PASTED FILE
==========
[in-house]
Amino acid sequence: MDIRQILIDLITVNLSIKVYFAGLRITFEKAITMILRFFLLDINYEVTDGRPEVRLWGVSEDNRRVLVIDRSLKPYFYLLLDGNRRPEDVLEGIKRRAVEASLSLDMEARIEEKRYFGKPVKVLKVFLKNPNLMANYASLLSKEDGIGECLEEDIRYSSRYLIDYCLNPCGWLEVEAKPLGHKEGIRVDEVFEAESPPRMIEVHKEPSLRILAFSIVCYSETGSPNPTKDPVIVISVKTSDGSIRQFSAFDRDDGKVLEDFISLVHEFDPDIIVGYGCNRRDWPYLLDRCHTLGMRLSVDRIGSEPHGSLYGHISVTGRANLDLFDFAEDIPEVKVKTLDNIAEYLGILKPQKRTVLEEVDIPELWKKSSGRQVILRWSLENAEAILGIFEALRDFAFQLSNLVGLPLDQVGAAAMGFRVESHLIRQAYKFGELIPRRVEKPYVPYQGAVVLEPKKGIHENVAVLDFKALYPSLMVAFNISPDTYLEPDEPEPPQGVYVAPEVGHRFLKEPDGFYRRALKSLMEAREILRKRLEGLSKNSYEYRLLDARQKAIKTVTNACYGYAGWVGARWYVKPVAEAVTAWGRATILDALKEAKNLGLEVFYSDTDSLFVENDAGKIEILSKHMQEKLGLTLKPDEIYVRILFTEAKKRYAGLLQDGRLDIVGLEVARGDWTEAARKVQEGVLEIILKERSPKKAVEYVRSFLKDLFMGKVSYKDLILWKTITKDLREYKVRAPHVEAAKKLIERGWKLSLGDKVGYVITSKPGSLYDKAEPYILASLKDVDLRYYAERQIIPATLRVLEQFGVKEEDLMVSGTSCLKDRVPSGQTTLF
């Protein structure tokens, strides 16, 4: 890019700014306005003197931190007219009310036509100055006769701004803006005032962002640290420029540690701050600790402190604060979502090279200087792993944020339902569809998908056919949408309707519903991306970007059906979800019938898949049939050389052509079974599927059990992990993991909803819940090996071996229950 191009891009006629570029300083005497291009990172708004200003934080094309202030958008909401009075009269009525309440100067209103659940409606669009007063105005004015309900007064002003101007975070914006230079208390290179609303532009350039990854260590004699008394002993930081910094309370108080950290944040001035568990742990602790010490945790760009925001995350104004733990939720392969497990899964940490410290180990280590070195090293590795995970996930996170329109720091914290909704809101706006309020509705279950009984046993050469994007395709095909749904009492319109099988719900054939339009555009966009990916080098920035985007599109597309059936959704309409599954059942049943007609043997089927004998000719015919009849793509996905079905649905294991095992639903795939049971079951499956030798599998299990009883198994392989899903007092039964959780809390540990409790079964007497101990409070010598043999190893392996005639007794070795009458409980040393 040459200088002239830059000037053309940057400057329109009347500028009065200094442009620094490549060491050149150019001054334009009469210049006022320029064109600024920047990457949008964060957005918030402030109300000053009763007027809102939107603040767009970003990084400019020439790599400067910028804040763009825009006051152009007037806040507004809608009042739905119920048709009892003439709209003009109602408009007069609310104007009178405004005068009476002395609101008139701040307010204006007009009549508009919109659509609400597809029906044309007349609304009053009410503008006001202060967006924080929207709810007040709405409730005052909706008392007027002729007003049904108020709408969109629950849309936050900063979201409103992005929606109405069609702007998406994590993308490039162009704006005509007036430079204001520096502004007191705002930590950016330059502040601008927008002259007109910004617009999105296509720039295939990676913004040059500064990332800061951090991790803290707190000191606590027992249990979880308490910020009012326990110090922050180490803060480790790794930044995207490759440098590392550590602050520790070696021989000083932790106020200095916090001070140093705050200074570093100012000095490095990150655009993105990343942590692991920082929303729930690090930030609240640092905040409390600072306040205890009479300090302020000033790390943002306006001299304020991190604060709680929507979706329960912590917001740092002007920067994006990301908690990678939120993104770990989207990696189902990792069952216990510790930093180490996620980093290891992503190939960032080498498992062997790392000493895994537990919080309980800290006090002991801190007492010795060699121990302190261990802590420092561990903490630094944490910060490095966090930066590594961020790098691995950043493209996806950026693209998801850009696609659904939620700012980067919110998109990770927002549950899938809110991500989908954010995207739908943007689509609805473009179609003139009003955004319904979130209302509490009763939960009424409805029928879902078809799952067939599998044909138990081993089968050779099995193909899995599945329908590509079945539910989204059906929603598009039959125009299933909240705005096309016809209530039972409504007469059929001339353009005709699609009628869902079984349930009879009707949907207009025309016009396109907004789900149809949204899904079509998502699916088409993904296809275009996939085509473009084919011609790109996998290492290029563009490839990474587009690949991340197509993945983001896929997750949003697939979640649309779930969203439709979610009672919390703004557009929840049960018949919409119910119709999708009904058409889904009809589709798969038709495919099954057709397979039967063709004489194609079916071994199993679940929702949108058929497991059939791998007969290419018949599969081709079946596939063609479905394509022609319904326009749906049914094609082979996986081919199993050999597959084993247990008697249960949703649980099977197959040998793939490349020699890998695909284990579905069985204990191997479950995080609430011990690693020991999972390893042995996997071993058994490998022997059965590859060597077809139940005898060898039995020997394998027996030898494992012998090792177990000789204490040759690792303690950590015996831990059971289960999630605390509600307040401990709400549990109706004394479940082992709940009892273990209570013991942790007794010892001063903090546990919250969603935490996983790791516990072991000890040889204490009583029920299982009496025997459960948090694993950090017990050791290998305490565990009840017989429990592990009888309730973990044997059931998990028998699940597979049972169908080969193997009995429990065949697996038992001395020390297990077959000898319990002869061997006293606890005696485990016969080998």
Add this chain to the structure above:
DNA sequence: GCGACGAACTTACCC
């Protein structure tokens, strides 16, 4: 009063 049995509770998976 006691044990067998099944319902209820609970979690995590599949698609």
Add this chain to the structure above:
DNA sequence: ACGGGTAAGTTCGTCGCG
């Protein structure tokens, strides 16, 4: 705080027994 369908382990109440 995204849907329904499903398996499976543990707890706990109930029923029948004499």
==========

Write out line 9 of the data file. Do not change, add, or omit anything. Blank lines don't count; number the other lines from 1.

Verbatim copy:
């Protein structure tokens, strides 16, 4: 705080027994 369908382990109440 995204849907329904499903398996499976543990707890706990109930029923029948004499």